The investment horizon of any asset manager should be guided by the contract with the asset owner and not through regulation. The frequency of financial reporting should be reviewed, it being suggested that material information should be disclosed immediately rather than through the pre-electronic era arrangement of quarterly reports.
Are there measures to be taken, and if so, which ones, as regards the incentive structures for and performance evaluation of asset managers managing long-term institutional investors’ portfolios?
Regulation of incentive structures and performance evaluation for asset managers are not desired. NBIM would encourage measurement and remuneration of absolute performance in addition to relative performance, but asset owners will, in signing an asset management contract, provide for incentives aligned with their investment objectives.
Should EU law promote more effective monitoring of asset managers by institutional investors with regard to strategies, costs, trading and the extent to which asset managers engage with the investee companies? If so, how?
We believe it would be inappropriate for NBIM as asset manager to make formal recommendations on monitoring effectiveness by asset owners. But as part of the attribution of an asset management mandate, an asset owner should have the opportunity to require, by contract, any monitoring standards deemed necessary.
Should EU rules require a certain independence of the asset managers’ governing body, for example from its parent company, or are other (legislative) measures needed to enhance disclosure and management of conflicts of interest?
We believe it would not be appropriate for NBIM as asset manager to make formal recommendation on the need for independent governance bodies of asset owners.
What would be the best way for the EU to facilitate shareholder cooperation?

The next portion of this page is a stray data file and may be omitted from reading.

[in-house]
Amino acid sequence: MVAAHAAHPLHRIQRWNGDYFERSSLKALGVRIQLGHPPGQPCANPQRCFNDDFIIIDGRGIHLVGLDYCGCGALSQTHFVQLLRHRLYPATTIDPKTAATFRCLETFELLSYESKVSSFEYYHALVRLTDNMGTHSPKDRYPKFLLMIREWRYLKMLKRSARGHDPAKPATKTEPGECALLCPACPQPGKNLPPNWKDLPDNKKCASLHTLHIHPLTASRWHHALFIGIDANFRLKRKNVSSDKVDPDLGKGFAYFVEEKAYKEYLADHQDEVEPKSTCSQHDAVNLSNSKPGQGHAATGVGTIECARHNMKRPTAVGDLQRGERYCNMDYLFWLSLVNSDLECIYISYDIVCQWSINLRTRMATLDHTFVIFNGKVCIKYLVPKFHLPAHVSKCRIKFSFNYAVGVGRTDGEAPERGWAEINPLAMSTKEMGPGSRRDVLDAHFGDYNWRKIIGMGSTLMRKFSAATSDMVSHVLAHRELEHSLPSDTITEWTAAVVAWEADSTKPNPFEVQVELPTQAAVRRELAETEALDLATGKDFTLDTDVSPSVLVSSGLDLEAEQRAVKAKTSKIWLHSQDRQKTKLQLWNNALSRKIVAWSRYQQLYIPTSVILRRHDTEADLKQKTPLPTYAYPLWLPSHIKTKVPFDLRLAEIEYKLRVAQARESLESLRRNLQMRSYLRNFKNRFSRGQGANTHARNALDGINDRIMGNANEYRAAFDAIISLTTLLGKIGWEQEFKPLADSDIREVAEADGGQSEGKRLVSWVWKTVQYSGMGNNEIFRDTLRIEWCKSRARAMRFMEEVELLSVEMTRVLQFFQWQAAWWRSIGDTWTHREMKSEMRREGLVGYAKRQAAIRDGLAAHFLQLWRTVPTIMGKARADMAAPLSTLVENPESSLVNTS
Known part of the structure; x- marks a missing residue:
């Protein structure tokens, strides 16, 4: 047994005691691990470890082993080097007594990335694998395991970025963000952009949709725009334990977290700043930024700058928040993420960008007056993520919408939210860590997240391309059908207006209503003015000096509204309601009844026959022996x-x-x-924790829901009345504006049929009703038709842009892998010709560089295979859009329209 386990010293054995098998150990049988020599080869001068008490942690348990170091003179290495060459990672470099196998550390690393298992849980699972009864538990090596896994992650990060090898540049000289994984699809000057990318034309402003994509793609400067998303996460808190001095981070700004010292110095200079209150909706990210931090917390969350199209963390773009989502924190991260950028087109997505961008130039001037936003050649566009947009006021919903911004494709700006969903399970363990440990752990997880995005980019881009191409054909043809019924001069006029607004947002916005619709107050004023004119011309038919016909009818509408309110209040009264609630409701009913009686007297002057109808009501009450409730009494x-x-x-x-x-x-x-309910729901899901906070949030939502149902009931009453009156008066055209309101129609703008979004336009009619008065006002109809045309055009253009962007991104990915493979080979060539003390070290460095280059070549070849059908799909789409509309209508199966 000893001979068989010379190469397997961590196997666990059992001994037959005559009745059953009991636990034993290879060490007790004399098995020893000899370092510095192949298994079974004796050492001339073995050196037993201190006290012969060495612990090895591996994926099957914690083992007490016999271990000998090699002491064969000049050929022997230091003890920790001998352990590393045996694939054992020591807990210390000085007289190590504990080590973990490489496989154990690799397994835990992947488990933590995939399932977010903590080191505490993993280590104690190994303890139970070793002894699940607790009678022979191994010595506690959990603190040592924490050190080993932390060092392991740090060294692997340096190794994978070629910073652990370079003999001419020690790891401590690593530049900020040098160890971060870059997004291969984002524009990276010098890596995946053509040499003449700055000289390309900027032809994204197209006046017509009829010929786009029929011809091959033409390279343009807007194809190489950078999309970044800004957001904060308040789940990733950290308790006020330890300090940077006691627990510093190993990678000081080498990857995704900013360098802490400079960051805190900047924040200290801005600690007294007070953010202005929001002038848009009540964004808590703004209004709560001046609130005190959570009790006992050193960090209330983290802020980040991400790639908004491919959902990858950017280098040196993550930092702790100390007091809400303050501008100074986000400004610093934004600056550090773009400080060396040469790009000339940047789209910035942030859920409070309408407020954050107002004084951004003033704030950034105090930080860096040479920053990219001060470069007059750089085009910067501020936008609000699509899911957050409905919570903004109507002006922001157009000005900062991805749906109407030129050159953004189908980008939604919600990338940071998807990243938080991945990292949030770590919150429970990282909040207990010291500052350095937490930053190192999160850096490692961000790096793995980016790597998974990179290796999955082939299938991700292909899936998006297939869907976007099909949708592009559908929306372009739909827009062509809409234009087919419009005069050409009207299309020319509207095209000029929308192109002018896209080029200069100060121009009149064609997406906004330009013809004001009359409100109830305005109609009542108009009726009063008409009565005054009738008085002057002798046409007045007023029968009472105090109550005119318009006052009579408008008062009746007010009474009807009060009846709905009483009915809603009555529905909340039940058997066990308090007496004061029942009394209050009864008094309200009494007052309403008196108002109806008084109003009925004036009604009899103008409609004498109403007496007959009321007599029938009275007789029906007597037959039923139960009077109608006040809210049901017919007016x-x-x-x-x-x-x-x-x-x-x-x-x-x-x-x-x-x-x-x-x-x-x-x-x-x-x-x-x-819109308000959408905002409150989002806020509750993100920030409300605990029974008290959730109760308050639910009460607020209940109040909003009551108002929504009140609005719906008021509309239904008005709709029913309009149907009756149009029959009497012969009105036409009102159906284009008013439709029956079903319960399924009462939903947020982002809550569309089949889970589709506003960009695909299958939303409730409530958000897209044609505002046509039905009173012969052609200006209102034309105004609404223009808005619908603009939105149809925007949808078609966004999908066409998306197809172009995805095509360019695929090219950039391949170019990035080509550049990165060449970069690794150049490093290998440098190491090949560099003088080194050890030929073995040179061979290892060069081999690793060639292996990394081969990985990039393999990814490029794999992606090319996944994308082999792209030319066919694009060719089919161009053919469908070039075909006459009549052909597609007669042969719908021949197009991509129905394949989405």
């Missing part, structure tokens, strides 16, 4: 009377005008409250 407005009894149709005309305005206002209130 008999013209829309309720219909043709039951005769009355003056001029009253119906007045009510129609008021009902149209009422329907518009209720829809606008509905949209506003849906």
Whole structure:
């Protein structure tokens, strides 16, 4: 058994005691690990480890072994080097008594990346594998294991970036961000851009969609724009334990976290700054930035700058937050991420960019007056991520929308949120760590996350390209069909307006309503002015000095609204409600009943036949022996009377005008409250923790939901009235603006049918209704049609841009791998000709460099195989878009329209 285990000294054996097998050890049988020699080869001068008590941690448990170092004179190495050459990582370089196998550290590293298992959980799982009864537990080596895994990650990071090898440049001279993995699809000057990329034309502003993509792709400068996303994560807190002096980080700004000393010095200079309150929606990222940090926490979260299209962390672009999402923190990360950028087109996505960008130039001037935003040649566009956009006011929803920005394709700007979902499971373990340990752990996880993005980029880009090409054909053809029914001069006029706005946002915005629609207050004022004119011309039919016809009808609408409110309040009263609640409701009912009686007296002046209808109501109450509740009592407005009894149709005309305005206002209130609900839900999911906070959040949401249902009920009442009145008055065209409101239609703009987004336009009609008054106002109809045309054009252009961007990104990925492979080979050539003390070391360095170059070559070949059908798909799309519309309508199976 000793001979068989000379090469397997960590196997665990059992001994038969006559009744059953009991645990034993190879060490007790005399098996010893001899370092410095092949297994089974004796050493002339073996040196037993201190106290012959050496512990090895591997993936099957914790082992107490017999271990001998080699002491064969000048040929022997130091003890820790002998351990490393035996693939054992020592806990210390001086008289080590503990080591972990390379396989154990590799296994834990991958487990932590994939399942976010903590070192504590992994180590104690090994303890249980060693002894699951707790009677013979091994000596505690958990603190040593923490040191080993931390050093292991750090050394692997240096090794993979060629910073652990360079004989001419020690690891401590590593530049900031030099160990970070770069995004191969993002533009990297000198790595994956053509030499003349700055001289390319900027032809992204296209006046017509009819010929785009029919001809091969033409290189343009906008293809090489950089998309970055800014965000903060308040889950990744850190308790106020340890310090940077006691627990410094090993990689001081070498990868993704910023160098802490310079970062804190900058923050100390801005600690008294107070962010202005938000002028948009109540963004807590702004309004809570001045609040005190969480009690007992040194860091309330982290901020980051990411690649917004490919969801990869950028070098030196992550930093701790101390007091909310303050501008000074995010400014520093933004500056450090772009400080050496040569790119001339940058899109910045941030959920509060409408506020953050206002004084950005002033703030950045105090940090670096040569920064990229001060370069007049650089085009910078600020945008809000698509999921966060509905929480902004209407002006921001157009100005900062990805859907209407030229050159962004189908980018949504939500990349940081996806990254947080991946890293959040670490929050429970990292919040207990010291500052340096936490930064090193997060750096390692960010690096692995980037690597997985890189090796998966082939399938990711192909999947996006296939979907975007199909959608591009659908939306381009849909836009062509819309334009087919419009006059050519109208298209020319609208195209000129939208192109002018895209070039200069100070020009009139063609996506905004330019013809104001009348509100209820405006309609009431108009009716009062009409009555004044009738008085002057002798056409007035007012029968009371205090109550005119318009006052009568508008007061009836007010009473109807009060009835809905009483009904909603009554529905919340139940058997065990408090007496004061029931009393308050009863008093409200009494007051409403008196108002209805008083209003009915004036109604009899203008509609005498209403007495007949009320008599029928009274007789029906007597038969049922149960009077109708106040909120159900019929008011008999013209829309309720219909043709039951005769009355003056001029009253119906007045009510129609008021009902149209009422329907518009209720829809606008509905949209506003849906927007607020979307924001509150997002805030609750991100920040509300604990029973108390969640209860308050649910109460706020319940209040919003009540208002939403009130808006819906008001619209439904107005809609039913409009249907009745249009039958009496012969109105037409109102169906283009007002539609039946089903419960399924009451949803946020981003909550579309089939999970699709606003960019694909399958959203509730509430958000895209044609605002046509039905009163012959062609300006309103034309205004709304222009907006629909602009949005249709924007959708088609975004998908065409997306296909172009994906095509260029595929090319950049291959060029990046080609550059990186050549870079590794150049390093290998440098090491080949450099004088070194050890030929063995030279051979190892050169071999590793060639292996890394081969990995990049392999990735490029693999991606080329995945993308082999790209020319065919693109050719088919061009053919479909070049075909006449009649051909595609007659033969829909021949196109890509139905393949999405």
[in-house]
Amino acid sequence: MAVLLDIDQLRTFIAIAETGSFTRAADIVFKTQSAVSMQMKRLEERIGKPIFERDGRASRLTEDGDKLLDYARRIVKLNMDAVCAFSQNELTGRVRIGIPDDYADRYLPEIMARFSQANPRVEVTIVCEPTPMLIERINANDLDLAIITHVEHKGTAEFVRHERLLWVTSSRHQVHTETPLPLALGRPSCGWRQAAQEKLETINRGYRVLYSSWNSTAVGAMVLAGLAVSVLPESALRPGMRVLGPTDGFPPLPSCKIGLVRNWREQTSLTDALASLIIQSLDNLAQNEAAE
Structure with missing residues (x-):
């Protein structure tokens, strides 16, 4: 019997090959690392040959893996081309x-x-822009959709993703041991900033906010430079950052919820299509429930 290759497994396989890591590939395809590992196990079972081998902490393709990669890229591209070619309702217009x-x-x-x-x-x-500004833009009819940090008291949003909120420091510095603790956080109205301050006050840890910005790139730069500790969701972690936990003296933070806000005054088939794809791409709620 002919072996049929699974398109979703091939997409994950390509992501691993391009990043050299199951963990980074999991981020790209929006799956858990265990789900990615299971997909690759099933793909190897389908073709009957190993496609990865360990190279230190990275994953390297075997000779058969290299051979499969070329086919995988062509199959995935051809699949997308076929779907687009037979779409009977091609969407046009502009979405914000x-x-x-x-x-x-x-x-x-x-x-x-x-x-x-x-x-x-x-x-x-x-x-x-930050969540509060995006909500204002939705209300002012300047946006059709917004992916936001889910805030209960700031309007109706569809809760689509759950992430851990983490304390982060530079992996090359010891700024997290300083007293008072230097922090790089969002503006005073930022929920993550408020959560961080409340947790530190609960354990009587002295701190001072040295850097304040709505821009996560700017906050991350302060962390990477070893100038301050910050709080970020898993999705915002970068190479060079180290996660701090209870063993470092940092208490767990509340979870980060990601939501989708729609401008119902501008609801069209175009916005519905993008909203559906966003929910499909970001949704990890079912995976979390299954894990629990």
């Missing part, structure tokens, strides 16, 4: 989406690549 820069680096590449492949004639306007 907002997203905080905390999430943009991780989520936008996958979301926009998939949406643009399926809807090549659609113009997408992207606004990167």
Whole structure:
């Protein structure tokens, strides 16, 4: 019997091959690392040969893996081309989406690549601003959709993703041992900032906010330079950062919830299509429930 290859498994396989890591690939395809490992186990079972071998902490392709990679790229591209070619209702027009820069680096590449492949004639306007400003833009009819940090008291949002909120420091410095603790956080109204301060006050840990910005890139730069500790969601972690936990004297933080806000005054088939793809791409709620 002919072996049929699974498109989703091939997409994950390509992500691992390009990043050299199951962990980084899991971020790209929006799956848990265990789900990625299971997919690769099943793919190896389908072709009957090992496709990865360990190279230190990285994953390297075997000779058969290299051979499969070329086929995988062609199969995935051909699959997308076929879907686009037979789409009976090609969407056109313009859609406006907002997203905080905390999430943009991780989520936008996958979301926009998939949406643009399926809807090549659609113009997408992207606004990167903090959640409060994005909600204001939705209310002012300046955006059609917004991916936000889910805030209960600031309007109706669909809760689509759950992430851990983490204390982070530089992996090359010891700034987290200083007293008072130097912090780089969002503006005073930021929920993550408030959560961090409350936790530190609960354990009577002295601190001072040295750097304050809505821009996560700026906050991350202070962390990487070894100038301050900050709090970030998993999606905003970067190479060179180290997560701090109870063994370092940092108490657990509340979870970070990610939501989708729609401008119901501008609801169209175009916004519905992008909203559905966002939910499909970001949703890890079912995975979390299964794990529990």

The EU should establish a clear distinction between shareholder engagement and pooling of control. We support the EU shareholder rights directive (2007/36/EC) and encourage its implementation in all markets. Further, we favour further clarity on the circumstances by which concert party conditions are triggered.
Should EU law require proxy advisors to be more transparent, e.g. about their analytical methods, conflicts of interest and their policy for managing them and/or whether they apply a code of conduct? If so, how can this best be achieved?
The proxy voting system needs reform and we are encouraged that the Green Paper on the EU corporate governance framework addresses the issue. Detailed information about proxy agents’ activities, income distribution between company advice and voting analysis, conflicts of interests and handling of such conflicts should be fully disclosed by proxy advisors. The chain from the asset manager sending a voting instruction to the receiving company is inefficient, has too many intermediaries, and gives opportunity to misuse confidential information. Transmission of voting instruction should no less reliable or secure than distribution of dividends. The EU should require companies to publish voting results within a reasonable number of days and confirm to investors that their votes have been received and accounted for. We also emphasise the need for a harmonized and facilitated system for cross-border voting that can increase shareholder participation in voting.
Do you believe that other (legislative) measures are necessary, e.g. restrictions on the ability of proxy advisors to provide consulting services to investee companies?
Investors are aided in their proxy voting activity by proxy advisors. There is a broad – and competitive – market for proxy advice. Too rigorous regulation of their activities is likely to undermine competition and raise barriers to entry. Our experience suggests that those investors that use the services of proxy advisors do so intelligently. Investors typically use proxy research to enhance their own analysis or overlay onto internal voting principles. The EU should broaden the definition of proxy advisors to include engagement advisors attached to investment managers and proxy solicitation service providers. NBIM is in favour of proxy advisors providing full disclosure of any possible conflicts of interest in providing such services to their investor clients. We also seek improved disclosure of engagement negotiations between advisors and corporate that results in a change of recommendation. For those providers where we have contractual arrangements, NBIM can make these requests directly and make it integral to our procurement process. If self regulation and competitive forces prove insufficient to strengthen the proxy process then formal regulatory processes may be warranted.